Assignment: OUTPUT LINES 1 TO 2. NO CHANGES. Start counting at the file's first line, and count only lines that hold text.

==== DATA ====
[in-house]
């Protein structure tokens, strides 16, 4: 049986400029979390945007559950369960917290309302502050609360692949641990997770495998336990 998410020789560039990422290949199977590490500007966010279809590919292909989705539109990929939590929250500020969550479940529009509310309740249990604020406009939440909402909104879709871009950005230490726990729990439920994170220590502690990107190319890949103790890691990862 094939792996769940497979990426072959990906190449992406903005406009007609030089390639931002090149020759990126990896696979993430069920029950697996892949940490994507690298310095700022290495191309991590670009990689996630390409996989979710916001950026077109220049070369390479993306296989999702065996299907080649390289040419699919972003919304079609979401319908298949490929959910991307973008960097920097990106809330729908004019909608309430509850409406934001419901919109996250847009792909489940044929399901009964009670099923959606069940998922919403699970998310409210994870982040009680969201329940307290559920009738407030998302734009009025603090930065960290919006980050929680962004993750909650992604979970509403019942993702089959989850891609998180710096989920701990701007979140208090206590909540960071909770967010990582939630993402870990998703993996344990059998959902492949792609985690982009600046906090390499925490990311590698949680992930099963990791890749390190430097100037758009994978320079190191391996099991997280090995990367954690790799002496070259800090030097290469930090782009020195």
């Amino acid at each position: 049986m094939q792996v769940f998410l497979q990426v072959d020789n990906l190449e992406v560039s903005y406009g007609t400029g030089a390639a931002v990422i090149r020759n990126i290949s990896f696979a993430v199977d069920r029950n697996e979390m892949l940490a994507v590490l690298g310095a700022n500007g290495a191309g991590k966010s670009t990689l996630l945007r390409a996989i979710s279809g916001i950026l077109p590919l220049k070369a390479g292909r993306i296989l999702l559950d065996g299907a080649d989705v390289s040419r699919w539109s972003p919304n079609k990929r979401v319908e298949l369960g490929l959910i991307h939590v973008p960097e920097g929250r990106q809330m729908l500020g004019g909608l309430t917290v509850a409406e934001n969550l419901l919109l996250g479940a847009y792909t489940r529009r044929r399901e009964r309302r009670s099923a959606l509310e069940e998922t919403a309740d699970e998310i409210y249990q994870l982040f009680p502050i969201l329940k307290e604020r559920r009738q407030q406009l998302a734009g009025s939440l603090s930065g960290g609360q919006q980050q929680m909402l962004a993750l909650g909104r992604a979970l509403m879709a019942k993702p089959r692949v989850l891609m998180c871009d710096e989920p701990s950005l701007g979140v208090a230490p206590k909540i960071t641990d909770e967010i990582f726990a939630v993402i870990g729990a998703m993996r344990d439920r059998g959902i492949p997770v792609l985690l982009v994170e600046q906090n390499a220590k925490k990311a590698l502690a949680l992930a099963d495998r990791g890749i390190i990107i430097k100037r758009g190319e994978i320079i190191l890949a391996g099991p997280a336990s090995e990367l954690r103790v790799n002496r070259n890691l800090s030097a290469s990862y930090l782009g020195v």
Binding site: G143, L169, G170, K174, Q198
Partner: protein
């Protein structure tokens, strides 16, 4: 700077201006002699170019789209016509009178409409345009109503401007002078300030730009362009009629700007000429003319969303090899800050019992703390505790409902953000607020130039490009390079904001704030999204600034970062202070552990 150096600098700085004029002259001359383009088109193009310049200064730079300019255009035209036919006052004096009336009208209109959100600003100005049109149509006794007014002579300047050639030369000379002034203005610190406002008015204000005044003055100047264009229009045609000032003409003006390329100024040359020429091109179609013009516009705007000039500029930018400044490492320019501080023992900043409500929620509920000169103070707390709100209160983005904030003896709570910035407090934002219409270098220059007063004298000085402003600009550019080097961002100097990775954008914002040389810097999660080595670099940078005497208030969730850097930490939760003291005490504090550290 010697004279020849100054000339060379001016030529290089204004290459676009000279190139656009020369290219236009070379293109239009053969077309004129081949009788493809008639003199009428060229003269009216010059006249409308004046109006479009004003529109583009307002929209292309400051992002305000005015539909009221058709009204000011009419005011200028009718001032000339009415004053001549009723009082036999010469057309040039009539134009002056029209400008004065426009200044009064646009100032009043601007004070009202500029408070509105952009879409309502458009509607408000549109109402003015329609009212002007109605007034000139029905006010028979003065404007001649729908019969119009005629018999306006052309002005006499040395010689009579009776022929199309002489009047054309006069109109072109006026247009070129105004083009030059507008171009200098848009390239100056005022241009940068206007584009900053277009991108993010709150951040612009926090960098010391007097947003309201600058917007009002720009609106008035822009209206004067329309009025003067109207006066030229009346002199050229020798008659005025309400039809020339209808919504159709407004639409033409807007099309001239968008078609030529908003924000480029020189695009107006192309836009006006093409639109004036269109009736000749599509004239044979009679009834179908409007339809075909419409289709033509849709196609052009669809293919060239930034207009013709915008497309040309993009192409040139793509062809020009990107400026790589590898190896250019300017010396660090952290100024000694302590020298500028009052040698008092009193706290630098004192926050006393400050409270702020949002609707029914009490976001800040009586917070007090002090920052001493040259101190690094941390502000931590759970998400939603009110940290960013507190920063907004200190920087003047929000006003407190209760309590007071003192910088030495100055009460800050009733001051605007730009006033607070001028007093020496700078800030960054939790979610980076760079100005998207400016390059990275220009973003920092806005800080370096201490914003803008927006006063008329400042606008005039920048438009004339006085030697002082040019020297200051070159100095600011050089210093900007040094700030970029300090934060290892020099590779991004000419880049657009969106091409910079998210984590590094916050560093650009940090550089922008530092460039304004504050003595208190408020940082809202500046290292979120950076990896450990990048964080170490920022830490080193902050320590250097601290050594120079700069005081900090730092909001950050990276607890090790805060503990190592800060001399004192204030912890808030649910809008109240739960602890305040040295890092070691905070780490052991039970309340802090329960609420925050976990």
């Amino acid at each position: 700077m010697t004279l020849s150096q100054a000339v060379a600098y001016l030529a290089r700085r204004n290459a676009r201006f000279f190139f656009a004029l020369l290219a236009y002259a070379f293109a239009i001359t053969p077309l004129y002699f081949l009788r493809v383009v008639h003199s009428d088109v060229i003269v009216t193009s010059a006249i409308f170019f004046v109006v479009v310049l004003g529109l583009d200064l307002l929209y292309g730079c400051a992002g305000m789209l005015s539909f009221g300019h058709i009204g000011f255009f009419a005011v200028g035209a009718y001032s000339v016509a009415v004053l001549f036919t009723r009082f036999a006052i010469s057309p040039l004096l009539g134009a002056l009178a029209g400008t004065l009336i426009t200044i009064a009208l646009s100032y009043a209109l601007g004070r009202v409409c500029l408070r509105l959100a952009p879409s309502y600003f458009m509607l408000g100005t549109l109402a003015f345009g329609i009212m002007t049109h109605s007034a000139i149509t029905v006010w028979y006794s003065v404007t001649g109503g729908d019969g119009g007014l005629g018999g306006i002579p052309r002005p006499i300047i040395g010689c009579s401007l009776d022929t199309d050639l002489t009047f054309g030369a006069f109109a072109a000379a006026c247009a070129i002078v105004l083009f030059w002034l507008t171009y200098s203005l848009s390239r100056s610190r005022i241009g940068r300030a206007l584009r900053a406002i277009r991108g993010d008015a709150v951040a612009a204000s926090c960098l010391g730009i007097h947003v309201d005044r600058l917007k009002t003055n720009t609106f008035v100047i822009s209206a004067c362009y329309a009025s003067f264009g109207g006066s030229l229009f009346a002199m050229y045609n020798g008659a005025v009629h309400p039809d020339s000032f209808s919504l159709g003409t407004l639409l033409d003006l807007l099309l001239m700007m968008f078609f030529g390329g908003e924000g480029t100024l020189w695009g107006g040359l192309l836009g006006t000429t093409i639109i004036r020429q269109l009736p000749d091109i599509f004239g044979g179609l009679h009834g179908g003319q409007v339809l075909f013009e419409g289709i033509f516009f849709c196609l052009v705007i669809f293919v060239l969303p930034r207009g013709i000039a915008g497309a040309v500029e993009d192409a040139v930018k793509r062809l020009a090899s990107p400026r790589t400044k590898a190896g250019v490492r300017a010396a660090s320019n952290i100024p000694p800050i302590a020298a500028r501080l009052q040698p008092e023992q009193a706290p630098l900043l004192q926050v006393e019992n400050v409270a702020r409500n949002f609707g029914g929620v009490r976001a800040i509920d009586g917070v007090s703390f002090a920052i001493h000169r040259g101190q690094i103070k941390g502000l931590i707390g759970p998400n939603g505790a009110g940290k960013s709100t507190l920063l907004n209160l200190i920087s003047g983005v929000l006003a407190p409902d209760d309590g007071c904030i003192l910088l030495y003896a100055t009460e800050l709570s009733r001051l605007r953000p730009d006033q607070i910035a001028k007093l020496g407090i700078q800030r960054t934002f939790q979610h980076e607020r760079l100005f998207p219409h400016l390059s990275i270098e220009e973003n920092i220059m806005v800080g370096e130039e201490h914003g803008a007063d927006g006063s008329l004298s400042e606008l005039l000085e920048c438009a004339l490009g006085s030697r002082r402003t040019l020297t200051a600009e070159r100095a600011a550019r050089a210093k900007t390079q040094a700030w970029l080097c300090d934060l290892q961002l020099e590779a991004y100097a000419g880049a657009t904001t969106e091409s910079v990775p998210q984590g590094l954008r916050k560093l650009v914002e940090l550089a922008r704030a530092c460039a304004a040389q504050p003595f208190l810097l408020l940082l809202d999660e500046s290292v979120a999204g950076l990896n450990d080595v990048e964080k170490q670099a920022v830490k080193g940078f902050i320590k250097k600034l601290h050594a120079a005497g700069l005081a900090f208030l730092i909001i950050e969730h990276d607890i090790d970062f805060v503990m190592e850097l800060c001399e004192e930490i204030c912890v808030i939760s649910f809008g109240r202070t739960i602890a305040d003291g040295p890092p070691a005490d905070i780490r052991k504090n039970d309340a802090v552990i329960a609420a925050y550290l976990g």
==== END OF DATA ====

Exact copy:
[in-house]
């Protein structure tokens, strides 16, 4: 049986400029979390945007559950369960917290309302502050609360692949641990997770495998336990 998410020789560039990422290949199977590490500007966010279809590919292909989705539109990929939590929250500020969550479940529009509310309740249990604020406009939440909402909104879709871009950005230490726990729990439920994170220590502690990107190319890949103790890691990862 094939792996769940497979990426072959990906190449992406903005406009007609030089390639931002090149020759990126990896696979993430069920029950697996892949940490994507690298310095700022290495191309991590670009990689996630390409996989979710916001950026077109220049070369390479993306296989999702065996299907080649390289040419699919972003919304079609979401319908298949490929959910991307973008960097920097990106809330729908004019909608309430509850409406934001419901919109996250847009792909489940044929399901009964009670099923959606069940998922919403699970998310409210994870982040009680969201329940307290559920009738407030998302734009009025603090930065960290919006980050929680962004993750909650992604979970509403019942993702089959989850891609998180710096989920701990701007979140208090206590909540960071909770967010990582939630993402870990998703993996344990059998959902492949792609985690982009600046906090390499925490990311590698949680992930099963990791890749390190430097100037758009994978320079190191391996099991997280090995990367954690790799002496070259800090030097290469930090782009020195």